The Attorney-General in his speech to an Interpol convention in Sydney on 28 January noted that the Australian government remains committed to countering terrorism because the threat is “undiminished”, but this commitment is not what one hears from relevant federal agencies, all of whom seem to be cutting back on CT activities in line with reduced budgets. That is not to say that the budgets could not have been better spent. My Masters students who have to work through an exercise where they identify credible threats to Australia’s national security in the short, medium, and longer term, prioritise them, and then allocate agency budgets, end up with very different outcomes from current practice.

Why have Australians in general become complacent?

In Australia since 2000, there have been no deaths from politically motivated violence (PMV) – other possibly than Peter Knight’s attack on an abortion clinic on 16 July 2001. (PMV is usually taken to include religiously and ideologically- motivated violence.)

Outside Australia, the toll of terrorism-related Australian civilian deaths since 2000 is more concerning, with 130 civilian deaths since 9 August 2001 – 95 of those in Indonesia. (The figure used by the Attorney-General is an understated “more than 110”.) The first of the post-2000 deaths was Malki Roth in a bombing in Tel Aviv, and the most recent was Ross Langdon at the Westgate shopping mall in Nairobi on 21 September 2013.

The most worrying domestic terrorism development from Australia’s point of view is the number of young Muslim Australians taking part in the war in Syria; probably around 80, but could be as many as 200. Those killed could number as many as 15, but the reality is that we don’t really know. Those killed are a tragedy for their families, but the security worry is that survivors will return to Australia as battle-hardened zealots with skill-sets we would prefer them not to have. Some will be disabled and many will be suffering from PTSD because of what they have seen and experienced.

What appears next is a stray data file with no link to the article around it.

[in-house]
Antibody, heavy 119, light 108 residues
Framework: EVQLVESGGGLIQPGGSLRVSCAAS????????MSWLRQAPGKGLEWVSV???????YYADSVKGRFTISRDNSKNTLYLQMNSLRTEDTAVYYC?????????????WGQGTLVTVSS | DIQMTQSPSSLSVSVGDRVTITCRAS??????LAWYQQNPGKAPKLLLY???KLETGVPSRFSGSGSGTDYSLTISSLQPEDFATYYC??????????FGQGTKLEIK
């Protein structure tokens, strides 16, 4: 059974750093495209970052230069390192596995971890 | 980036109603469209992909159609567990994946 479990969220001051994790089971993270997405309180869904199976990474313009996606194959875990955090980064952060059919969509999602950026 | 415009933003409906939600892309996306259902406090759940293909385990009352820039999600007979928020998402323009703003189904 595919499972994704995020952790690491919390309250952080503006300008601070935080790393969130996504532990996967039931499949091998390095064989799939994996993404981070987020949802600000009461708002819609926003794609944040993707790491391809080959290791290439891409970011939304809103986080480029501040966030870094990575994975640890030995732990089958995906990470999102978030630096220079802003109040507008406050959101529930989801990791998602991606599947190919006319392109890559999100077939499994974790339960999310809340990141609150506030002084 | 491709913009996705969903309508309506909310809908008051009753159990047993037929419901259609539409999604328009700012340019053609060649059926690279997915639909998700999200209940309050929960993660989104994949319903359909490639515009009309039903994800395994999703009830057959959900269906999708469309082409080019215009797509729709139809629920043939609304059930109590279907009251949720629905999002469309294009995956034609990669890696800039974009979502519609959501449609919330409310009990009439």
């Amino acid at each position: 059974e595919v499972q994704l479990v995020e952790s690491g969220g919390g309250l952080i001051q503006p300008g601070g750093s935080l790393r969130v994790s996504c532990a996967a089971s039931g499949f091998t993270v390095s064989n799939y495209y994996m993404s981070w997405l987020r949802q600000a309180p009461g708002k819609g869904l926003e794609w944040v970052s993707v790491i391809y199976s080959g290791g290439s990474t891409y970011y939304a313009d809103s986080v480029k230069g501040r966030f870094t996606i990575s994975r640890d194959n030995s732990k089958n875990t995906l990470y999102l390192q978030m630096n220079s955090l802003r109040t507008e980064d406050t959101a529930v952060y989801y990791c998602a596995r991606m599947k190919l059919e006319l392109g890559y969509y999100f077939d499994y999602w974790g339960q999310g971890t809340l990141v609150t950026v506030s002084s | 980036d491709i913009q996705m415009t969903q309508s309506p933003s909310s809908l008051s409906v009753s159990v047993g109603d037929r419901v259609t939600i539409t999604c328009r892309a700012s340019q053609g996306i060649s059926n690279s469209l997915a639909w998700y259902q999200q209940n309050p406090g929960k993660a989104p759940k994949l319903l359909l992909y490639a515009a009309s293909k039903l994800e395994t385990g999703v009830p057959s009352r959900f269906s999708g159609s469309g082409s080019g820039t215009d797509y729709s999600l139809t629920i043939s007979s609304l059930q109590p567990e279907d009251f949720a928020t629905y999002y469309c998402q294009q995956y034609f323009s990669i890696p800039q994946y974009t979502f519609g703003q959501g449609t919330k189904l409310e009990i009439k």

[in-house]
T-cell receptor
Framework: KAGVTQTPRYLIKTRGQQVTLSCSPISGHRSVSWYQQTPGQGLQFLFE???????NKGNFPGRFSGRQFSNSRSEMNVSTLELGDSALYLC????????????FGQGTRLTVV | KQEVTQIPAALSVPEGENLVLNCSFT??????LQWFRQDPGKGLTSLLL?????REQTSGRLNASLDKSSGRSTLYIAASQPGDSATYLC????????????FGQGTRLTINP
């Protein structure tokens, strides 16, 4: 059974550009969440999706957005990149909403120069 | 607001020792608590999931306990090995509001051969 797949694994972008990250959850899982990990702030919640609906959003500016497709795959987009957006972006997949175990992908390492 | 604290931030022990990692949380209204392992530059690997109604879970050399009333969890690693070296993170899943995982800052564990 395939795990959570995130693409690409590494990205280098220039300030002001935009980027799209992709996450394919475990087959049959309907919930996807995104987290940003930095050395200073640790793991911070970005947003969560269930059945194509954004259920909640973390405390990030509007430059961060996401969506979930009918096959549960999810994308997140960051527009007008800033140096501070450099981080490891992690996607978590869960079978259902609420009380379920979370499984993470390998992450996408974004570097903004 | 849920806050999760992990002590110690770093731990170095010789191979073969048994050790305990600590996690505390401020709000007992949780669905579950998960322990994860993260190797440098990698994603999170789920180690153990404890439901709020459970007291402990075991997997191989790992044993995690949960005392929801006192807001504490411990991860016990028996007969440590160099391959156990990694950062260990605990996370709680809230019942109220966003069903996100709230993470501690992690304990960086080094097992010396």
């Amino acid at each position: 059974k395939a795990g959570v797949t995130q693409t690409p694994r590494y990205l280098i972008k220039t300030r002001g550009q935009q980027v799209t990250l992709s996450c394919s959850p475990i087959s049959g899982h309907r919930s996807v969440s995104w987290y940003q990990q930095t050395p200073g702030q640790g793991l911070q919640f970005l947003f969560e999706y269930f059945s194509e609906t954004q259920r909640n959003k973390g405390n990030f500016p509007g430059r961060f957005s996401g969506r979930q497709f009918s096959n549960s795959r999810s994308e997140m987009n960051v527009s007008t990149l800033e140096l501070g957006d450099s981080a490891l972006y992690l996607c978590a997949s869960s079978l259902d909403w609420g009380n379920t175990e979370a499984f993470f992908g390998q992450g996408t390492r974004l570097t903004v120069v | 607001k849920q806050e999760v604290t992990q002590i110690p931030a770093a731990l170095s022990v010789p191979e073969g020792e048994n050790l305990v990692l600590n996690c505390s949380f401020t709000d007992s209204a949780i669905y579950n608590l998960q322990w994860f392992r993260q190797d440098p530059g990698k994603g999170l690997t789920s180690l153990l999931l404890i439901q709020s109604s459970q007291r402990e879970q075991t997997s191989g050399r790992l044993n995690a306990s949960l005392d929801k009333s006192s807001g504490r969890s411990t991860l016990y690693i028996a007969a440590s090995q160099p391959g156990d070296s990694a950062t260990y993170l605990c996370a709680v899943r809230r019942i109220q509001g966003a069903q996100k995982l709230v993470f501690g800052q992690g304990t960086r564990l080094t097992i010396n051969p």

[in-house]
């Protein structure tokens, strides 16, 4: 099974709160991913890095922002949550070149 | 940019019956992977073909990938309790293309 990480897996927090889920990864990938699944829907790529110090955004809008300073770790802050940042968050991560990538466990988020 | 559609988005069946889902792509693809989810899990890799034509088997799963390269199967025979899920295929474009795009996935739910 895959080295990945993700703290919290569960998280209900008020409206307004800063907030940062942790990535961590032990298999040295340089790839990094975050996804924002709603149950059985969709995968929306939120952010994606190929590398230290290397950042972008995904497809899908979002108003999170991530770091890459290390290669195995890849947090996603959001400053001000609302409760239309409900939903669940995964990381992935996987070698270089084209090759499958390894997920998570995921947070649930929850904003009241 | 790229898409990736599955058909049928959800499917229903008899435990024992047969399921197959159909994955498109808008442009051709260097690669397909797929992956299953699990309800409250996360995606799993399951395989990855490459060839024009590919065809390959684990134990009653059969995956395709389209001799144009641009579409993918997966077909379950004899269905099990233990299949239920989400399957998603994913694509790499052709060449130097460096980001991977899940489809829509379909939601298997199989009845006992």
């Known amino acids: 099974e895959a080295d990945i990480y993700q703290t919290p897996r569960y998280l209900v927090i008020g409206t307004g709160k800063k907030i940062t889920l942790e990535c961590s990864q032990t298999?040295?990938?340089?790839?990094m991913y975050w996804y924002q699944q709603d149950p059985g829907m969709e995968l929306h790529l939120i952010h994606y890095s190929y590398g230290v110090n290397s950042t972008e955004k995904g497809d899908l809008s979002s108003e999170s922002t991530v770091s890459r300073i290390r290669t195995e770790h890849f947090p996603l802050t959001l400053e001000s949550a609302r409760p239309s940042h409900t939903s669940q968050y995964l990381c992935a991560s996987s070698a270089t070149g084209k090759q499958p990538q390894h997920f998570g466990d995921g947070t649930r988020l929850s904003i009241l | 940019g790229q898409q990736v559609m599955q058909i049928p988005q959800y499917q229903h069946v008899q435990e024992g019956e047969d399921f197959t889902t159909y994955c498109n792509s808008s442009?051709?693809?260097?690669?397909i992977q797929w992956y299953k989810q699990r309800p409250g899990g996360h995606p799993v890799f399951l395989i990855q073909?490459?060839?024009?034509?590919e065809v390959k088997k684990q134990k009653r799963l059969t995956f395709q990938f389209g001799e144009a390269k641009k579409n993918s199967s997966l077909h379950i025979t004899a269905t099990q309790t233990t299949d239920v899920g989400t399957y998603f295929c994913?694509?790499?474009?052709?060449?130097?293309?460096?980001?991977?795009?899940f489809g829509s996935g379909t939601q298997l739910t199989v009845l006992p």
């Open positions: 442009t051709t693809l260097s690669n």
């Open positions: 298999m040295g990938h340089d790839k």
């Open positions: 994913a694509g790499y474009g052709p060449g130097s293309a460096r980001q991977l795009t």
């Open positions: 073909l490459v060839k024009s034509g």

Other enduring concerns in Australia are home-grown extremists and the potential for lone wolf attacks, driven by a qualitative improvement in Islamist online propaganda and secure communication.  We also need to keep an eye on the extreme right who have not killed anyone so far other than members suspected of being informants. However, the Timothy McVeigh and Breivik cases show how deadly right-wing attacks can be – McVeigh’s 1995 Oklahoma city bombing killed 168 and Brevik’s bombing and shooting rampage killed 77.

At a time when we face an evolving threat from al Qaeda-inspired extremism that requires sophisticated signals (and human) intelligence, the Snowden revelations about five-eyes metadata collection – identifying our monitoring capabilities and limitations – are particularly disturbing. Sir David Omand, former head of GCHQ (the UK equivalent of Australia’s ASD) has described the Snowden revelations as “the most catastrophic loss to British intelligence ever”. While Andrew Parker, the head of MI5, has underlined how signals intelligence provides many of the CT leads upon which MI5 relies – and makes a vital contribution to most of its high priority investigations. Presumably this situation also applies in Australia.

Clive Williams is a Visiting Professor at the ANU’s Centre for Military and Security Law and an Adjunct Professor at Macquarie University’s Centre for Policing, Intelligence and Counter Terrorism (PICT).